Travel Channel to find new home

The network for wanderers seems to be doing a bit of that itself these days. Cox Communications, which owns the Travel Channel, is shopping it around, with several companies expressing interest. So, will it wind up with Scripps Networks, which has the Food Network and HGTV? Or, could it wind up part of Rupert Murdoch‘s empire over at News Corp?

So far, Scripps seems to be in the lead, with Rupert’s folks not crazy about the climbing price of the channel. The latest bids, word is, are north of $1 billion. Back in June, when Cox first put it on the block, industry watchers figured it would fetch between $600 million and $700 million. Last week, the $900 million mark was pierced and has since been left in the rearview mirror.

The Travel Channel hasn’t landed yet, and it could take a while for the dust to settle. We’ll keep watching … the action, that is.

An open letter to the soon-to-be new owners of the Travel Channel

Dear Soon-To-Be New Owners of the Travel Channel,

Most reports are indicating that the Travel Channel’s current owner, Cox Communications, is ready to sell the network for close to $700 million. The companies expected to submit an initial bid (due today) include NBC Universal, Scripps Network, and News Corp.

If anyone from those three corporate behemoths has stumbled across this humble travel blog, allow me to offer you some unsolicited advice for how the Travel Channel could be improved. It’s simple, and it boils down to this: Play travel programming. More precisely, play only travel programming.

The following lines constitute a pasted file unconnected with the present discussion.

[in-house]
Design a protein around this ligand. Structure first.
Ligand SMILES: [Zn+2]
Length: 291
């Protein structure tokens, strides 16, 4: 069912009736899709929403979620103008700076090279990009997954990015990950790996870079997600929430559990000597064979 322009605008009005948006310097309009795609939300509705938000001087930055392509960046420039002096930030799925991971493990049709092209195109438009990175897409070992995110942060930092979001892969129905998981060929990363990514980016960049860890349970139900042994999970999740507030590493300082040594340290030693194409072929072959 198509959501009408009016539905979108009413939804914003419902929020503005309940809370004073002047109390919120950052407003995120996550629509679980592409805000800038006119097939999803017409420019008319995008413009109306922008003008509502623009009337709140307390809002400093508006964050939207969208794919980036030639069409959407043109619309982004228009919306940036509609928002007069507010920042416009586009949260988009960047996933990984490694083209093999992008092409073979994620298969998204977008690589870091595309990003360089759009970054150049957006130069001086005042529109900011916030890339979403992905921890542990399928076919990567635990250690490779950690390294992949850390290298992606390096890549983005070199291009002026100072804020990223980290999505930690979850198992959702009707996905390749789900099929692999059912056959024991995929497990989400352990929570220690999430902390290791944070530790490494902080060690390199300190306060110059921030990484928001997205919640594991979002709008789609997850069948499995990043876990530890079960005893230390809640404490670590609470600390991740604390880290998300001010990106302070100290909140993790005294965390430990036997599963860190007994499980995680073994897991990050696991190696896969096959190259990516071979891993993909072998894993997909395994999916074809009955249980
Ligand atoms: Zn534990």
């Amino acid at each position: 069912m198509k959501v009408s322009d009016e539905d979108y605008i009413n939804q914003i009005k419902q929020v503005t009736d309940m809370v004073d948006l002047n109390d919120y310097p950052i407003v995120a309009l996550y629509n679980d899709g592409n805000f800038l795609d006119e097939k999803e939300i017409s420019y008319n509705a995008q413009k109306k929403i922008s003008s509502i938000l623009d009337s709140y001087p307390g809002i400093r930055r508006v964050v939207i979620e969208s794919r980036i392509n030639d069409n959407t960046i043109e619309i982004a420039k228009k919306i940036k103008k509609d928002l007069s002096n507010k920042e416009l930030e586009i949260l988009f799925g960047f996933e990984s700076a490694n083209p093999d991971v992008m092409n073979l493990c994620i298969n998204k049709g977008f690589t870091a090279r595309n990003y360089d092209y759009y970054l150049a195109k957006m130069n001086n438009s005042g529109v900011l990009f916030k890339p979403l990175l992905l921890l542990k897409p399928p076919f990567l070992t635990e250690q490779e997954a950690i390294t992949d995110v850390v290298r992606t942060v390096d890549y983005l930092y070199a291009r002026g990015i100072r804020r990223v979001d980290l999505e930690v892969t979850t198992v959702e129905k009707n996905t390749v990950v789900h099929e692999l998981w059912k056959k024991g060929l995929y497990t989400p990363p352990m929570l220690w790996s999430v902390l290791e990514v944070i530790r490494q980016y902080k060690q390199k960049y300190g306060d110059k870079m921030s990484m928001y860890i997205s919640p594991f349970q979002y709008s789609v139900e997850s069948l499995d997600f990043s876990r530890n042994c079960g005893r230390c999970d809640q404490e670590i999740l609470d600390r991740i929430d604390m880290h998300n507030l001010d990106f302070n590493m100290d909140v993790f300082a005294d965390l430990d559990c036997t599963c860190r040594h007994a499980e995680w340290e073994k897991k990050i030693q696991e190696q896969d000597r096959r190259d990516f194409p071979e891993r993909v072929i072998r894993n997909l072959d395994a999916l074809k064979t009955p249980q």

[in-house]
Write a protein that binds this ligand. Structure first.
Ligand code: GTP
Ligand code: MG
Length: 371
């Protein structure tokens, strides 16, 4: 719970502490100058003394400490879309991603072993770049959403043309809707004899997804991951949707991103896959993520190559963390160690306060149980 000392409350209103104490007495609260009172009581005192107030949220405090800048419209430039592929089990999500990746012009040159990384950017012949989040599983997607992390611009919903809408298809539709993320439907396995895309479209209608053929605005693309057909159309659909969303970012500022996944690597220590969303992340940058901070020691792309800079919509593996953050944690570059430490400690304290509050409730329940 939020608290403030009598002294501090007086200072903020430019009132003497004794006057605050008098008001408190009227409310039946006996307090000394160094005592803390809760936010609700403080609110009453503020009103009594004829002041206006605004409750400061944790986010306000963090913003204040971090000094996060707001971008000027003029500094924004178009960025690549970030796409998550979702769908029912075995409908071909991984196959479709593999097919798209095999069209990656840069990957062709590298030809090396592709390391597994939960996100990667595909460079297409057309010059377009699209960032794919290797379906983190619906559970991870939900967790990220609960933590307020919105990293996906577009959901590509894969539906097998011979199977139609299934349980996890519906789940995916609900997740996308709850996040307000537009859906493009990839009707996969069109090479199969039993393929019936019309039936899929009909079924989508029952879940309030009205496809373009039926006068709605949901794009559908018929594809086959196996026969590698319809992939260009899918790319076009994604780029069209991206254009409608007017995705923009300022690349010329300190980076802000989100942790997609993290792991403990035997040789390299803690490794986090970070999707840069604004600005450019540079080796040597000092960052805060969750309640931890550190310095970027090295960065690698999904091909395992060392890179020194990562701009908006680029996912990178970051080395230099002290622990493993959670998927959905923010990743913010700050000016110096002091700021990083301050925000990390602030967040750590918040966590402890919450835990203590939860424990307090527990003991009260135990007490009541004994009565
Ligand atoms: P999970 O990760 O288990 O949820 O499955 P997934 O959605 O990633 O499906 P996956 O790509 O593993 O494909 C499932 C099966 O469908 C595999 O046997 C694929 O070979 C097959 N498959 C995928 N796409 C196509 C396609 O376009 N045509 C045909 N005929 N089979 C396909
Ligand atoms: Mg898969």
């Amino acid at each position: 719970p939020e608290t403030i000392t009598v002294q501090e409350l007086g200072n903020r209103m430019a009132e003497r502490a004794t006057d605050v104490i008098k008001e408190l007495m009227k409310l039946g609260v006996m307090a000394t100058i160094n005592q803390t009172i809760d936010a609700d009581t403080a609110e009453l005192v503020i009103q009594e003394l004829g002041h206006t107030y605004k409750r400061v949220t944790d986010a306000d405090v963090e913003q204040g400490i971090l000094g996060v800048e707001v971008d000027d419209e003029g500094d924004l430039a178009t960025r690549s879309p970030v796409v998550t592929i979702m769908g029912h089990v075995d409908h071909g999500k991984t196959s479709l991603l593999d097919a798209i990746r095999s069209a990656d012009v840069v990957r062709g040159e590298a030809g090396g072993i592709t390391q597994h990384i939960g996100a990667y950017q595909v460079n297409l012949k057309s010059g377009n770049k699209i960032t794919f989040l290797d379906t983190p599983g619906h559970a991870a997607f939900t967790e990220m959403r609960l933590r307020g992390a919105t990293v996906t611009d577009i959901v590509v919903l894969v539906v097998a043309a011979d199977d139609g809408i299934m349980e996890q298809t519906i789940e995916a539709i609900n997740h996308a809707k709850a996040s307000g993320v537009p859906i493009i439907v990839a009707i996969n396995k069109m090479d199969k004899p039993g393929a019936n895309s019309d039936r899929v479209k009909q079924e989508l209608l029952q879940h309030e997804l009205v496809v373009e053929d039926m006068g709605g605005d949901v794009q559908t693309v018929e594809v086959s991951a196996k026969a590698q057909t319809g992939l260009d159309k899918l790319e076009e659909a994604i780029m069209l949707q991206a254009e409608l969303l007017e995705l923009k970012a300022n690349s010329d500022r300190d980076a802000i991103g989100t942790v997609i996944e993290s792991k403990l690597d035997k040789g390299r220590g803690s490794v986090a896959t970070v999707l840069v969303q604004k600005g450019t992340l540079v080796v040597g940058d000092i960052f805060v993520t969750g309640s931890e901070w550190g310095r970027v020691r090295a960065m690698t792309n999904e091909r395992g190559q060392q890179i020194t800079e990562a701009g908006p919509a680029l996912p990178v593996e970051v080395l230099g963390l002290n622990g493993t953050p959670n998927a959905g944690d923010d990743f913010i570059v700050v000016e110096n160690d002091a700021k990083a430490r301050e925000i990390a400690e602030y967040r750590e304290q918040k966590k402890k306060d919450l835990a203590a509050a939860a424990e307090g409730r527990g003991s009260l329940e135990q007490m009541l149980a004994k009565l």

As I look over the Travel Channel’s schedule of upcoming shows on its website, I find several whose presence on a travel network can only be explained by some sort of clerical error. Why, for example, is the ridiculous show Ghost Adventures featured anywhere on your schedule? Why does this Thursday evening appear to be devoted entirely to the antics of magician David Blaine? Why is the Robert Redford-Brad Pitt vehicle Spy Game playing this Saturday night? And finally, what the hell does the ubiquitous World Poker Tour have to do with travel? (Answer: “It’s got ‘World’ in the title!”)

To whomever purchases the Travel Channel: If you continue Cox Communications’ infuriating habit of scheduling these non-travel-related shows instead of original travel programming like Anthony Bourdain’s No Reservations, Bizarre Foods with Andrew Zimmern, Dhani Tackles the Globe, and, hell, even Bridget’s Sexiest Beaches, you risk alienating your core audience, people who love to travel.

Focusing on magic, poker, and the occult might attract a few channel surfers, but it isn’t worth losing your biggest fans in the process.

Aaron Hotfelder